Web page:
Partnering for success: RPS, SEKWANG and Korean offshore wind

South Korea has ambitious plans to boost offshore wind development and generation, but must navigate the challenges experienced by a relatively young market, such as evolving regulations and developing a strong local supply chain. Developers also need to balance understanding and complying with local processes and regulations with the need to guide projects by drawing on international best practice and requirements. This is especially the case on the path to obtaining finance for future wind farms.

In all respects, partnerships will be crucial – pooling talent and resources, while delivering expertise and experience where they’re needed. As a 2021 report puts it, “Partnerships have the power to increase the speed and decrease the cost of offshore wind for Korea, while at the same time allowing domestic companies to leapfrog to best-in-class.” [1]

For Equinor’s Firefly project, SEKWANG Engineering Consultants looks after all permits required by local Korean regulations. RPS supports by producing an international standard Environmental Impact Assessment, in parallel to the local EIA. RPS and SEKWANG were chosen for this development as a team, based on our individual track records in delivering major projects. (RPS has also supported Equinor on previous international projects.)

This case study explores how the partnership came about, how it achieved synergy, and what makes it unique in the Korean offshore wind market.

Choosing a partner in South Korea: expertise, experience and cultural fit

Our process for finding a consultancy partner for RPS in Korea was robust. The initial list included all of the engineering and environmental consultants in this space, from the large to the small, the international and the local.

In defining criteria for our shortlist, we looked for expertise and capabilities in the local market. Track record in offshore wind was also considered, although we weren’t expecting to find decades of experience given the newness of the Korean offshore wind industry.

Our chosen partner, SEKWANG, had relevant transferable experience. Well-known for their strength in marine and harbour infrastructure, their impressive resume includes a long list of major projects in Korea.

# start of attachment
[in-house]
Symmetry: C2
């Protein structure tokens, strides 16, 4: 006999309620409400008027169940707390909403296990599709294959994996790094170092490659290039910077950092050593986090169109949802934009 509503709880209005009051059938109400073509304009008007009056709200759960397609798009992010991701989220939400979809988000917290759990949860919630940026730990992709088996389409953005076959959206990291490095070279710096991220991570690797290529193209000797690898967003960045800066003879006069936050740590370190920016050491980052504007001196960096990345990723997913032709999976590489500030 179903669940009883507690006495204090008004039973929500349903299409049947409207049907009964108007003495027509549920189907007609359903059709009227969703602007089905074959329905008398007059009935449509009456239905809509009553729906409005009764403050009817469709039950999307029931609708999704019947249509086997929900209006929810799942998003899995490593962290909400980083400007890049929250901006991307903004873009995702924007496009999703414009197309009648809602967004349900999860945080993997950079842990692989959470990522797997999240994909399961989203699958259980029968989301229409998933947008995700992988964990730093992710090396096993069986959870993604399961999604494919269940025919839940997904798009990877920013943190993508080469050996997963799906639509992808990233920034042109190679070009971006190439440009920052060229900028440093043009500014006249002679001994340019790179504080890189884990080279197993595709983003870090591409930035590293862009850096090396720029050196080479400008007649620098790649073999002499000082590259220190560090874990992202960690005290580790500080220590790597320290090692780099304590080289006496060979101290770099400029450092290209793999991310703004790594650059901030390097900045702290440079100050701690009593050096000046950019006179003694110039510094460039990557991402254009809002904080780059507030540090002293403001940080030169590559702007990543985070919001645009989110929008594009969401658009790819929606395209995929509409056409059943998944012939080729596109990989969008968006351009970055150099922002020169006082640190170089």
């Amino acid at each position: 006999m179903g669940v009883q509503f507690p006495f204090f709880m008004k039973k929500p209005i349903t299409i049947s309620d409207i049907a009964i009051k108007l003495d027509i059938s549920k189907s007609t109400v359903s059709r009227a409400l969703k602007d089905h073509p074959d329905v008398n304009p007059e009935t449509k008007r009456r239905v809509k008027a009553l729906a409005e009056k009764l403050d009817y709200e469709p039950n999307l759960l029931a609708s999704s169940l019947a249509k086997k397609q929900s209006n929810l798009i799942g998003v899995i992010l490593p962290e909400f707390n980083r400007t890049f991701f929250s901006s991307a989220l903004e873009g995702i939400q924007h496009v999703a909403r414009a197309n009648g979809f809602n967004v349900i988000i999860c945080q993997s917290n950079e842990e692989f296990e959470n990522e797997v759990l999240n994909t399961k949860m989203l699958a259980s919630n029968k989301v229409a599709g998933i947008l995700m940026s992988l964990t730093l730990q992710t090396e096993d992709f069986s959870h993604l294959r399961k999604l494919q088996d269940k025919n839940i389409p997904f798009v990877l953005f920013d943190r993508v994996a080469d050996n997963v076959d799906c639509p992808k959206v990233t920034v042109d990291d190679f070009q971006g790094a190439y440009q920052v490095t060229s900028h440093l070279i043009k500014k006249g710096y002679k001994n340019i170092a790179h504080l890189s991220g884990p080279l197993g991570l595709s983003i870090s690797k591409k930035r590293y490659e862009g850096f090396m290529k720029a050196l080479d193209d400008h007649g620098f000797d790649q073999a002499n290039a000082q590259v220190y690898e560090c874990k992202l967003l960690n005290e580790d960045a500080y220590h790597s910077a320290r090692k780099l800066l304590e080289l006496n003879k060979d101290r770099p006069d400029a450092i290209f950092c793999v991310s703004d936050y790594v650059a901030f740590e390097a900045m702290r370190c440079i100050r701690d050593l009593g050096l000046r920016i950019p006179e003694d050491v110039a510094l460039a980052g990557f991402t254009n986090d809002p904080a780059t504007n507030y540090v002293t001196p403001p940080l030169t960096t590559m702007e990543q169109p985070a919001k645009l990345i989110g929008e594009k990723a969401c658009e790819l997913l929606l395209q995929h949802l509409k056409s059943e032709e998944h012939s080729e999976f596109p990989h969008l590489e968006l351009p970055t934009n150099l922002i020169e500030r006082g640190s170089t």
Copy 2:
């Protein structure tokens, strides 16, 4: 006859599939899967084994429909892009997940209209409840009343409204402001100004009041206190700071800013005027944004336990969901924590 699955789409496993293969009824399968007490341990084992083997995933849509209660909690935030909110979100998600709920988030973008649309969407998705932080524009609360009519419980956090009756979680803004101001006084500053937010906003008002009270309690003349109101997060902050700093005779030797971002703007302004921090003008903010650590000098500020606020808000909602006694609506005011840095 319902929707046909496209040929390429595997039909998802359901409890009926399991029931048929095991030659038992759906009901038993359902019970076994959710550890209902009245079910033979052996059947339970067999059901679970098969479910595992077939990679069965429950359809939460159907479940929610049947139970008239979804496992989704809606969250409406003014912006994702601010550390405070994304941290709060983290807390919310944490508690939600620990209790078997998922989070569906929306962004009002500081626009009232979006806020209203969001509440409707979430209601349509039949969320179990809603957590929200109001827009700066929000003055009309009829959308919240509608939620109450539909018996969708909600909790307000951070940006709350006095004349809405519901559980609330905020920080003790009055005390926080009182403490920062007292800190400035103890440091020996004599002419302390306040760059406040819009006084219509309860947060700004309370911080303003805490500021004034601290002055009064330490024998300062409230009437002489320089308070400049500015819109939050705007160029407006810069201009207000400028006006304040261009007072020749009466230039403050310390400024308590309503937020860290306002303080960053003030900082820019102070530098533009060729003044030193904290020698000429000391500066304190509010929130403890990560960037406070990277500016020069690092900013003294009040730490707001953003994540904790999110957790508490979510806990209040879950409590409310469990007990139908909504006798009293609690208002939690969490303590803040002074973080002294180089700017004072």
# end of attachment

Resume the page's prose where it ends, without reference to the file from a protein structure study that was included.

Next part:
The local consenting and permitting work they do is also similar to what would be required for offshore wind. In addition, they had gained good prior offshore wind experience, having been involved in early site selection review as the local consenting and permitting support for global developers.

We were also actively seeking another important quality: cultural fit. Development projects can be challenging, with testing moments to be expected; it helps to have a shared approach to working through them, rather than finding snags because of partners’ different approaches.

Alun Williams, RPS Director - Global Offshore Renewables, says that a similar way of working is one of the great strengths of the RPS-SEKWANG partnership. He comments on the excellent relationship between RPS Country Manager Sangmok (Sam) Roh and SEKWANG Vice President Seung-Joo Jin, who leads SEKWANG’s offshore wind business:

SEKWANG are a strong, technically robust supplier, giving high-quality advice. They work in a very similar way to RPS, and like us, occupy the high-quality end of the market. We have great respect for Mr Jin, who is deeply knowledgeable in his field. The similarity of how we work is a really important part of how RPS and SEKWANG fit together.”

“SEKWANG are a strong, technically robust supplier, giving high-quality advice."

Alun Williams

Global Director - Offshore Renewables

Alun Williams Scaled